Poland’s Ministry of Education & Science has signed a letter of intent with state oil and gas company PK Orlen and six universities for the training of nuclear engineers. The universities include the AGH University of Science & Technology Stanislaw Staszic in Krakow, Gdansk University of Technology, Poznan University of Technology, Silesian University of Technology, Warsaw University of Technology, and Wroclaw University of Technology. New training courses for nuclear specialists are to be established at these universities. Anna Moskwa, Minister of Climate & Environment also gave her support to the initiative, as did the European Commission’s newly established Copernicus Academy.
Minister of Education & Science Przemyslaw Czarnek noted that talks about the need to launch and restore training in nuclear energy had been going on for some time. “New directions must be created, specialties must be revived, but also new directions of scientific research…. The world of science must follow business, must support business, must support entrepreneurship, must support the economy.”
PKN President Orlen Daniel Obajtek said that energy transformation in Poland requires not only investment, but also well-educated staff. He stressed plans to establish the first small modular reactor (SMR) in Poland by 2028. “This is the time to act. We have an ambitious plan for 2038 for 76 SMRs at 26 locations." He added: “It will be the largest energy investment in Poland, but also in Europe. It will require tens of billions of euros.” The location for the reactors will be announced in the first half of this year. “We are already working on locations, we are investigating these locations,” he said. "We can't just think about assets, but we also need to think about human capital. That is why Orlen's cooperation with universities is important.”
He continued: “We must rely on Polish universities that have experience. Some of them can reactivate this experience, some have to build it again, but we have time for this.” He emphasised the need to create an energy mix that would ensure Poland's security. “I often see mistakes made in the past - research was undertaken but ended at the university and did not go further. And we must fix these mistakes. Science must serve business, and business must serve science.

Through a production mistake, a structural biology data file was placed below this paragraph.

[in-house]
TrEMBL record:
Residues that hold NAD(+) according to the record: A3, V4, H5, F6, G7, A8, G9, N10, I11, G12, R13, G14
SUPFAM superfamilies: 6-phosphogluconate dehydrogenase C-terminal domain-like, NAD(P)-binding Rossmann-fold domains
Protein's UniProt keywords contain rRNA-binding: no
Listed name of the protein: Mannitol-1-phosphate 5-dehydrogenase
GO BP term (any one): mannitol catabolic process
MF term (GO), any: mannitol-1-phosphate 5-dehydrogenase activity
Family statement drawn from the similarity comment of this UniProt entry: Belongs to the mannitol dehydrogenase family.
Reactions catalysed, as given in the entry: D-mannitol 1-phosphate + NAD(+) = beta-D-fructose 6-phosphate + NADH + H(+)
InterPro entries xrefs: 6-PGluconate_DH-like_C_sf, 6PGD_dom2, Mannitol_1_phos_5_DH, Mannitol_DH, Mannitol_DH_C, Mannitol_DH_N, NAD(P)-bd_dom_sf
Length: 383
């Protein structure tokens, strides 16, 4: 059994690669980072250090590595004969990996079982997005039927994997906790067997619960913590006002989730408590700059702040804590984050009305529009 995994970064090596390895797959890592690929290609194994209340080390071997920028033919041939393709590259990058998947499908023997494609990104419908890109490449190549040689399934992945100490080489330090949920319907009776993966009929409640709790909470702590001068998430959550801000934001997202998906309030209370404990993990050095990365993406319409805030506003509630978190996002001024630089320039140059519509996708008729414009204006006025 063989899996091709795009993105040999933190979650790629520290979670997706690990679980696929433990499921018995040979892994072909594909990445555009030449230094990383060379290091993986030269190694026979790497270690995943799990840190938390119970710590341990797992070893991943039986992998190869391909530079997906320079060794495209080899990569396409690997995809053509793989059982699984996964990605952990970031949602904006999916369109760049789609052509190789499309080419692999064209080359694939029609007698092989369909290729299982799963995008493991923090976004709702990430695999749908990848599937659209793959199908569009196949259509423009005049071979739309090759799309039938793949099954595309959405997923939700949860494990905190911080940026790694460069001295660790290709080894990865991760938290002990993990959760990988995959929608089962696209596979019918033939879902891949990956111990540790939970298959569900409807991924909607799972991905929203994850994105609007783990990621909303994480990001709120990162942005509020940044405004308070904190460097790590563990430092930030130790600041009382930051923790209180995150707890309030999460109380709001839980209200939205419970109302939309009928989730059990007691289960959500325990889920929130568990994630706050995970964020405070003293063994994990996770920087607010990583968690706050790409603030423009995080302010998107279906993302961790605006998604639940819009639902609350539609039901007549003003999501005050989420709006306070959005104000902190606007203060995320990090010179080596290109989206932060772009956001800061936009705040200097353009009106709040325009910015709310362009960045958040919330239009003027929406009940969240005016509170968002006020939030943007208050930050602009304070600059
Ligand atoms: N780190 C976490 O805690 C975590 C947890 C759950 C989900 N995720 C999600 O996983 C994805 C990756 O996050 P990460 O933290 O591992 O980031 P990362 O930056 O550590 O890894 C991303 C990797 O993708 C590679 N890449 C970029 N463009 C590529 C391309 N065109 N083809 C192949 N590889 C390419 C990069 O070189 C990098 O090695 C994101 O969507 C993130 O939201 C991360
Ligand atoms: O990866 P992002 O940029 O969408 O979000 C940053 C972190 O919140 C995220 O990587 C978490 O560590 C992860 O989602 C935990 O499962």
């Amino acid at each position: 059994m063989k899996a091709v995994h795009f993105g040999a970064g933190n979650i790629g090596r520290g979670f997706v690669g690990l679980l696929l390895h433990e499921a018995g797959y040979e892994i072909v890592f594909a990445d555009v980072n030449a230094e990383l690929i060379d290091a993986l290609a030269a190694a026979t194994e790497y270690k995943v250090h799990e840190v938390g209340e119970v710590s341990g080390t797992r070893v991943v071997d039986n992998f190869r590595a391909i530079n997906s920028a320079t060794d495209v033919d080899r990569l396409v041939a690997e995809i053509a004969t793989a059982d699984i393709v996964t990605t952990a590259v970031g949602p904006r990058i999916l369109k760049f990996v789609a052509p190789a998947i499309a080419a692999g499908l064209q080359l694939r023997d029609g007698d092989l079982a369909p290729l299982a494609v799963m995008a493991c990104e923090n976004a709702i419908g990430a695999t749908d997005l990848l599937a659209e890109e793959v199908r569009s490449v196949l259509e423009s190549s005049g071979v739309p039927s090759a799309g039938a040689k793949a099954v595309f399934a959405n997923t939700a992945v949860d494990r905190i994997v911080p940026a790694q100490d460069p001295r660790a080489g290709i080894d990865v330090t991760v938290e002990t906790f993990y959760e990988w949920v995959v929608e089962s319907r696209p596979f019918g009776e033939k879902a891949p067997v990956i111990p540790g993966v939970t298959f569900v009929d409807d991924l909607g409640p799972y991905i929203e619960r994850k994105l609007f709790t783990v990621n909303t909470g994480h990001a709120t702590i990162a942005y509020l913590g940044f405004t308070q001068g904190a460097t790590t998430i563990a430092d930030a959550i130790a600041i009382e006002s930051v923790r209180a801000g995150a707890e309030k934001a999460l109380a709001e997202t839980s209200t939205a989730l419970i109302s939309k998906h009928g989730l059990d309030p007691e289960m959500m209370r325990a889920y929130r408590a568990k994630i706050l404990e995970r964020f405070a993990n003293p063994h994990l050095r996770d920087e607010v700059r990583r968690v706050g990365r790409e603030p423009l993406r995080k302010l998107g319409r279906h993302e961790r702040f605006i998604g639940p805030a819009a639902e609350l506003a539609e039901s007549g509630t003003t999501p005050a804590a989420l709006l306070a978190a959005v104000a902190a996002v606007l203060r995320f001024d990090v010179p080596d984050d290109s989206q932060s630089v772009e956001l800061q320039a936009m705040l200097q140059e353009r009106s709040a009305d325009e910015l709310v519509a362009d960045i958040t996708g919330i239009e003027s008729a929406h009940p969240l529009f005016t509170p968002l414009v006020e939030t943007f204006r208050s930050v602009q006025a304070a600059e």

"Small nuclear reactors are a technology that we decided to develop due to its energy efficiency and role in the process of achieving the company's emission neutrality by 2050,” he noted. “As a zero-emission source, SMR reactors will complement the portfolio of the most modern generation capacity of the Orlen Group. The development of specialised staff for this new energy sector is an important step in strengthening the Polish economy and national energy security."
Dawid Jackiewicz, a Board member of ORLEN Synthos Green Energy, said: “The nuclear industry is a new, very promising branch of the economy. Given that one reactor will need over 100 highly qualified specialists, by 2040 we will need over 2,500 specialists….
We are preparing to open the PG Nuclear Energy Centre." He added that the new agreement opens the way to reh revival of nuclear power. “It's about about developing a training programme and organising first and second cycle studies from the 2023/2024 academic year.” Chermical company Synthos Green and PKN Orlen earlier formed the joint venture Orlen Synthos Green Energy to build a fleet of GE Hitachi Nuclear Energy’s BWRX-300 SMRs in Poland, the first is planned to be launched by 2030.
Professor Janusz Wojtkowiak from the Poznan University of Technology said each of the six universities is fully aware that the staff will need to be rebuilt. “People were active in the past, I mean during the first nuclear energy programme, but many years have passed. Some staff remained from the second [nuclear programme], which began in 2009 and ended in 2014. But every university sees the need to invest in its staff, support lecturers from abroad.”
Poland has become a focus for SMR developers. In addition to Orlen Synthos Green Energy’s project, EDF has signed an agreement with Poland’s Respect Energy to develop projects based on the Nuward SMR technology. Copper and silver producer KGHM Polska Miedz is investigating possible development of NuScale's VOYGR SMR.
Image: Poland's government has teamed up with PKN Orlen and the country's main universities of technology to launch a new degree programme in nuclear engineering (courtesy of PAP/Tomasz Gzell)